iCloudy With A Chance Of Streaming

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many of the tech writers in my Twitter stream, I too am simply exhausted from all that there is to unpack in today’s WWDC 2011 Keynote. That said, let me try to break down a few highlights that I think are important to what we believe in here.

I’m going to start with the one I found most interesting:


The funny thing is that iCloud is not any one thing but a host of things. Perhaps iCloud is not even “things” but an idea. The idea being that users should have the stuff that matters to them – music, photos, documents, contacts, calendars, etc. – available to all of their devices and backed up, offsite, in real time. The idea that the files system should not matter and, in fact, should become unimportant. The idea that if you buy something from Apple on one device it should be available to download (by choice or automatically) to all devices.

I think, for those of us purposefully working with limited space, there is a question of how all of this get stored and how much space it takes up. I purposefully did not install iLife on my Macbook Air, not only because I knew I would rarely use these apps there but also because of the additional space not having the app or the library would save me and allow for other things that mattered more. It was hard to get a sense from the “liveblogs” I followed how such things would be handled. For instance, I do have iWork (Pages, Keynote, Numbers) on the Macbook Air. Will it be possible to sync only the data pertinent to it and not iLife as well or will it be an all or nothing affair?

These are things I don’t quite know or understand yet and we will have to wait for Mac OS X Lion to check them out.

The one thing I want to point out is the iTunes in the Cloud feature. As I stated a couple of weeks ago, Apple knows what we have purchased and they know what is in our library, why not just make it available to all devices? If it’s available in the iTunes store, why not simply make it available for listening? Well, this is exactly what they did. It looks fantastic. The stuff you have bought through iTunes is there available for download today. If you have ripped music or, presumably, purchased it elsewhere, it will be available for same when the new iTunes Match service is released this Fall.

The only thing I got wrong was the streaming aspect of it. Not sure why this was not announced today. I still think, due to the decreased amount of storage available on some of Apple’s most popular devices (i.e. iPad, iPhone, iPod Touch, Macbook Air 11 inch), not to mention increasing bandwidth (I get a steady 19MB down as it stands right now), this would seem to me to be an important play. I don’t know the reasons but still believe it is coming sooner rather than later. Perhaps, that too, is waiting for Fall.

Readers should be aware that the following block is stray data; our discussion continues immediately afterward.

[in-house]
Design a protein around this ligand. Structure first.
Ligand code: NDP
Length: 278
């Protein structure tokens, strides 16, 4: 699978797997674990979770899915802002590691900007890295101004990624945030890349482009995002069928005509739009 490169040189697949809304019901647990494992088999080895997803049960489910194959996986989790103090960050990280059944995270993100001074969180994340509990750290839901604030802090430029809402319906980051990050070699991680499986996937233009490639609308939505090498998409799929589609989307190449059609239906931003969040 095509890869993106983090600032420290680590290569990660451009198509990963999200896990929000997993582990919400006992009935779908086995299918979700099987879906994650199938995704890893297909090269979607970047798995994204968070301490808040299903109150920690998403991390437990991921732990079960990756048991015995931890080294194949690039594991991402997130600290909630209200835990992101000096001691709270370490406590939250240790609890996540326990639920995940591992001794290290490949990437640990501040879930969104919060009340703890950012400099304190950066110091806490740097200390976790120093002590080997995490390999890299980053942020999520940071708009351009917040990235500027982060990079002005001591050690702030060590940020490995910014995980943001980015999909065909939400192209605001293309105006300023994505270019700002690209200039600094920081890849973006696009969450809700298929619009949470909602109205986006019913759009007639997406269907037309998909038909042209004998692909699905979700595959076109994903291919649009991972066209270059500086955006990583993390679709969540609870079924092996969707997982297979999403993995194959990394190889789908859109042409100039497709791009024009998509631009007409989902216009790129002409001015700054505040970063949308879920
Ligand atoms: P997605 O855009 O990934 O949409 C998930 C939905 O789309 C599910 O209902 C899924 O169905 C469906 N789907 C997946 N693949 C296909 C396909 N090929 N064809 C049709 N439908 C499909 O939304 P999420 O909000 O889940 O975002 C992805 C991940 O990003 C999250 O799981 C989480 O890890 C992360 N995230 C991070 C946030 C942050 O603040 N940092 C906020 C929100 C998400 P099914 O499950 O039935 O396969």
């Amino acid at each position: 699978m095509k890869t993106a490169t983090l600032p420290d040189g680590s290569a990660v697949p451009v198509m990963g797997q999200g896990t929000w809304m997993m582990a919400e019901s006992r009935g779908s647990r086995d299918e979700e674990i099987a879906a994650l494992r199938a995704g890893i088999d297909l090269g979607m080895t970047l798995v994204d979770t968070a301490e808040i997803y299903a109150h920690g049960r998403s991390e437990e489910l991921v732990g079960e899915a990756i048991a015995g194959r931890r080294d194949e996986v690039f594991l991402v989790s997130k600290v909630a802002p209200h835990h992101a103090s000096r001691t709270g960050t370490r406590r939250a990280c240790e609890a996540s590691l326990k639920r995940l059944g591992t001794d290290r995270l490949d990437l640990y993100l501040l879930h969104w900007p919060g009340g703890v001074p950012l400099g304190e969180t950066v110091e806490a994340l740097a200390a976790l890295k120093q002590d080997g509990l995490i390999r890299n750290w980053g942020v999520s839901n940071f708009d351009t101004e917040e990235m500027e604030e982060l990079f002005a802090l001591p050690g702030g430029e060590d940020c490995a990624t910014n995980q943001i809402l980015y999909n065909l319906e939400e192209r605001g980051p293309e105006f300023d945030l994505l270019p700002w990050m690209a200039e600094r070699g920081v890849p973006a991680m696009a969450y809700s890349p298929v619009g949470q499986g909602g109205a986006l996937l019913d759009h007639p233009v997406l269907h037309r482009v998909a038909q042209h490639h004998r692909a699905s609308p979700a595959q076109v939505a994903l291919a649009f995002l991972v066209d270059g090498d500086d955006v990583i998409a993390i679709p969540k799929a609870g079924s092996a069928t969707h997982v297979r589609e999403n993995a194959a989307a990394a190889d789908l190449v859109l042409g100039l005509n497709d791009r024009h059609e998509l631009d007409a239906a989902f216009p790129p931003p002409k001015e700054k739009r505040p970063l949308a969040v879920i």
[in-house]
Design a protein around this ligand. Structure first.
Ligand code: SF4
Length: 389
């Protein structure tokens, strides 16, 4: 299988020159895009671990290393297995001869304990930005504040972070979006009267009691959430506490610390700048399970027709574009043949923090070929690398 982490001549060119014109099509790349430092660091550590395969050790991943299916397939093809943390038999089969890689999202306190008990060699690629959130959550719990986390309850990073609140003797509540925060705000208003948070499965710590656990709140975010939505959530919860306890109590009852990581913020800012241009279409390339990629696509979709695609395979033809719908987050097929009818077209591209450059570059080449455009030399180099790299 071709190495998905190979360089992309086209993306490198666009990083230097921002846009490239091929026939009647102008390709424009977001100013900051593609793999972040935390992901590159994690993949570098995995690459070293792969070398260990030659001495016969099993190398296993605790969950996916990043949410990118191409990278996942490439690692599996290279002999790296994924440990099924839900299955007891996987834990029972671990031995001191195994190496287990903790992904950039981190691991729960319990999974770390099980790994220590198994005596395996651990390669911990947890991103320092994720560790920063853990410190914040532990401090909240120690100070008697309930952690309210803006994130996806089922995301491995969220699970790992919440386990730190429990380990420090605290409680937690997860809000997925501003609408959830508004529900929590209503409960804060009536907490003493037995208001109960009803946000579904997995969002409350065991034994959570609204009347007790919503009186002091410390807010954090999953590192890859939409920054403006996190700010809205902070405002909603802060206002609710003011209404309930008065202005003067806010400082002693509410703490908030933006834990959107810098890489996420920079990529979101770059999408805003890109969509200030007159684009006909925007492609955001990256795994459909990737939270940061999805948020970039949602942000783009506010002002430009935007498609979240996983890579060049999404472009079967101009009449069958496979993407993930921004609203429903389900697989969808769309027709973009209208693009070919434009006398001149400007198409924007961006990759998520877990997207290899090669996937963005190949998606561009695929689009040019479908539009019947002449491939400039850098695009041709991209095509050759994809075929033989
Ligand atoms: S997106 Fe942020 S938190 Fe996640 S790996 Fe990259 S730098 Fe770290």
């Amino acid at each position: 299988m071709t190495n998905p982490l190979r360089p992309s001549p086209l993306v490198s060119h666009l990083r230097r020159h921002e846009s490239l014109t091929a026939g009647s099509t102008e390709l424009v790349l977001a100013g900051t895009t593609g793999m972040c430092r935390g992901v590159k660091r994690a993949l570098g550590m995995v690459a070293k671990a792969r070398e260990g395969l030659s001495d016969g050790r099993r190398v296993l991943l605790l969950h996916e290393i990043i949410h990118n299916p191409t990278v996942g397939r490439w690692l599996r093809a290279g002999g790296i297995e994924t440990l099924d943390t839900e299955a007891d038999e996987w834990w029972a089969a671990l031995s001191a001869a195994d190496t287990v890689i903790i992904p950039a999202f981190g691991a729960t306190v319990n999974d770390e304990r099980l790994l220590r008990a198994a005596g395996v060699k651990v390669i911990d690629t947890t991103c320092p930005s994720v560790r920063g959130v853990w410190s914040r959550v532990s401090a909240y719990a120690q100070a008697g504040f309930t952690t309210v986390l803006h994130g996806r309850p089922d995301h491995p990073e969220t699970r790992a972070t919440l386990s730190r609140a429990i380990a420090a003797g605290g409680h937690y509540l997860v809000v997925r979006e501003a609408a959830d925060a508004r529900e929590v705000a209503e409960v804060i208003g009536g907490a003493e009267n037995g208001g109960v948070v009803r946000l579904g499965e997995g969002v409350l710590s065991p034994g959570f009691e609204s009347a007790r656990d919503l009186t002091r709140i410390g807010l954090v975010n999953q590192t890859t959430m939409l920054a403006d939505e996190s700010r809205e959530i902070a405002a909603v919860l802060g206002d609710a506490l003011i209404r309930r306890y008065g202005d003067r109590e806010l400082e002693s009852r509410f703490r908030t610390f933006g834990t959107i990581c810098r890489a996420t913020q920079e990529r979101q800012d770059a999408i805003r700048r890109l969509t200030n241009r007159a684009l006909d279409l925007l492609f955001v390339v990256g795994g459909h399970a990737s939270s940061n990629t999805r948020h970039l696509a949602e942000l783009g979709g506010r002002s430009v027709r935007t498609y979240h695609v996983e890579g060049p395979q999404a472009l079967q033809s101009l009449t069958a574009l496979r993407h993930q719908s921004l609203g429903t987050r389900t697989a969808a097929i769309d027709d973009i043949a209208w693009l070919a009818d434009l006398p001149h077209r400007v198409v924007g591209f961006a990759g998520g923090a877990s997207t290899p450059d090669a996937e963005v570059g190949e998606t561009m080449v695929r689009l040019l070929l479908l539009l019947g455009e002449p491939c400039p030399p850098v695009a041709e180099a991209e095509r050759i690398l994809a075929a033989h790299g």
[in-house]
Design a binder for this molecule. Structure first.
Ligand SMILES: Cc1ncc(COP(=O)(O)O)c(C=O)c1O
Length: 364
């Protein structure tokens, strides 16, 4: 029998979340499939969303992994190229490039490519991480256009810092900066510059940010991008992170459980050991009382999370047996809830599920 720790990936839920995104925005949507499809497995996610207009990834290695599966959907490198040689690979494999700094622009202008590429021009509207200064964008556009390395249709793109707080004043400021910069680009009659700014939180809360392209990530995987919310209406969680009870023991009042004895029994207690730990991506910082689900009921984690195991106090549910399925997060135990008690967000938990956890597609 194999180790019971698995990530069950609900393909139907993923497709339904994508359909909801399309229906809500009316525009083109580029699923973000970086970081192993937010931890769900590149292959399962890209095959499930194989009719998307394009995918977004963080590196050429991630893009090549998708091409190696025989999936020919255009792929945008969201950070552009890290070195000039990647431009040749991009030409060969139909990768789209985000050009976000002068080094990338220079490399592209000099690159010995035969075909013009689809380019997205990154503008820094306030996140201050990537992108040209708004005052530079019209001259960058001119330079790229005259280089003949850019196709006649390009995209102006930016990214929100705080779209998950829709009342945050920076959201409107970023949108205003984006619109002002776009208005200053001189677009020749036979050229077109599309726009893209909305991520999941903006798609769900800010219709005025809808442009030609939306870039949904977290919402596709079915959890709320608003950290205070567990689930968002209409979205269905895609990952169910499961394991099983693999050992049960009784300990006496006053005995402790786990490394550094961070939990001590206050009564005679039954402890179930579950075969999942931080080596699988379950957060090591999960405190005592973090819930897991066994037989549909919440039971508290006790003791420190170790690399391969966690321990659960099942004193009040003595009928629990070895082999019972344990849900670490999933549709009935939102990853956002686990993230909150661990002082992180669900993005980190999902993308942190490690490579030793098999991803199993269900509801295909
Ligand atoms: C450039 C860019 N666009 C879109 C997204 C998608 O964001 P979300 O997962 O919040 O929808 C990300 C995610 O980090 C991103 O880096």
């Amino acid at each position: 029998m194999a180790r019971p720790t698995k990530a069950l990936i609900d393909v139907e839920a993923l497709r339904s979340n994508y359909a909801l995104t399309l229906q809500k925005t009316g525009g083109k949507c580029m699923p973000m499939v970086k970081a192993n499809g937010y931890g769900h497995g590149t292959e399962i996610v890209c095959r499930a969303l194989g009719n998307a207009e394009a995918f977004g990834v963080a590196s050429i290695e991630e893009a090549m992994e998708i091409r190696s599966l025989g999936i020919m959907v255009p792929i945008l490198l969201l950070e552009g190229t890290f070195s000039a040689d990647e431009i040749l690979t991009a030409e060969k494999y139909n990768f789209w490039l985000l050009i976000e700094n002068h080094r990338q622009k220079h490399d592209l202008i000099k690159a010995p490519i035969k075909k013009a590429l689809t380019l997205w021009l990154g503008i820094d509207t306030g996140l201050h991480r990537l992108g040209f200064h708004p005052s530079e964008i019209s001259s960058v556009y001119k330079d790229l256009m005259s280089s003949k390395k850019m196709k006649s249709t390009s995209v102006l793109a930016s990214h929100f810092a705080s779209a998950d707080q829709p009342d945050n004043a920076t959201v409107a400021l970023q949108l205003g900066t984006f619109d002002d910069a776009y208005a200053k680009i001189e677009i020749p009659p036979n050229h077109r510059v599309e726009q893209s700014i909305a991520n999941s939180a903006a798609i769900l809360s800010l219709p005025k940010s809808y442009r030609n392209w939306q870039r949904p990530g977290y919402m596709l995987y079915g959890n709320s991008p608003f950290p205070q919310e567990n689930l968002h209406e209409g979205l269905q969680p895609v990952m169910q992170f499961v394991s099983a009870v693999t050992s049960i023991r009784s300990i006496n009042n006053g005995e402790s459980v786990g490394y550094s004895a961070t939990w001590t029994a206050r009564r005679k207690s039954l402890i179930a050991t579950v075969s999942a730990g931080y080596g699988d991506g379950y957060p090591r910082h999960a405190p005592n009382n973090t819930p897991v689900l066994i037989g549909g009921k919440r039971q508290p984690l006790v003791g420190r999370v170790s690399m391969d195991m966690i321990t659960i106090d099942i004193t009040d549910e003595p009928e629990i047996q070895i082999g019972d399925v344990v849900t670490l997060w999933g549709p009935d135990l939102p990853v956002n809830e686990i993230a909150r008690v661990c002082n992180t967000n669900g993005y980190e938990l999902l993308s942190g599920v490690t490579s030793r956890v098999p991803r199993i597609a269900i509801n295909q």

The Photo Stream feature will be a godsend to those of us who take lots of pictures and can never remember what the heck is where. I’m also hoping it will resolve a long standing issue of my wife and I which is the ability to have a central immediate photo storage that we each have access (i.e. “Can you email me that cute photo of Beatrix you just took so I have it too?).

It will also be interesting to see how this changes mine and my wife’s fairly complex and robust calendar sharing that we have thus far relied on BusyCal to do being able to handle all of this stuff with iCloud and have any changes instantly synced between our devices will be a godsend.

But these two things bring up an important (to me at least) question – how will iCloud handle this from an account perspective? Will we be able to say, for instance, both my wife’s devices and mine belong to the same iCloud account for some things but have separate accounts for others? For example, she currently has her own Apple ID and therefore her own music, app and other purchases. In the case of apps, she may not want to have to wade through all the stuff I purchased to get to the three things she has. Not to mention documents. I think we can see where this is going. I wonder how the complexities of a modern household where several devices exist and sharing would be good for some things but not others will be handled?

That said, it seems many of the questions will likely be answered in the coming months or for sure will be come Fall. Of all of the announcements made at the Keynote (and there were a ton), I foresee this being the most foundationaly disruptive in terms of the way we approach our data today.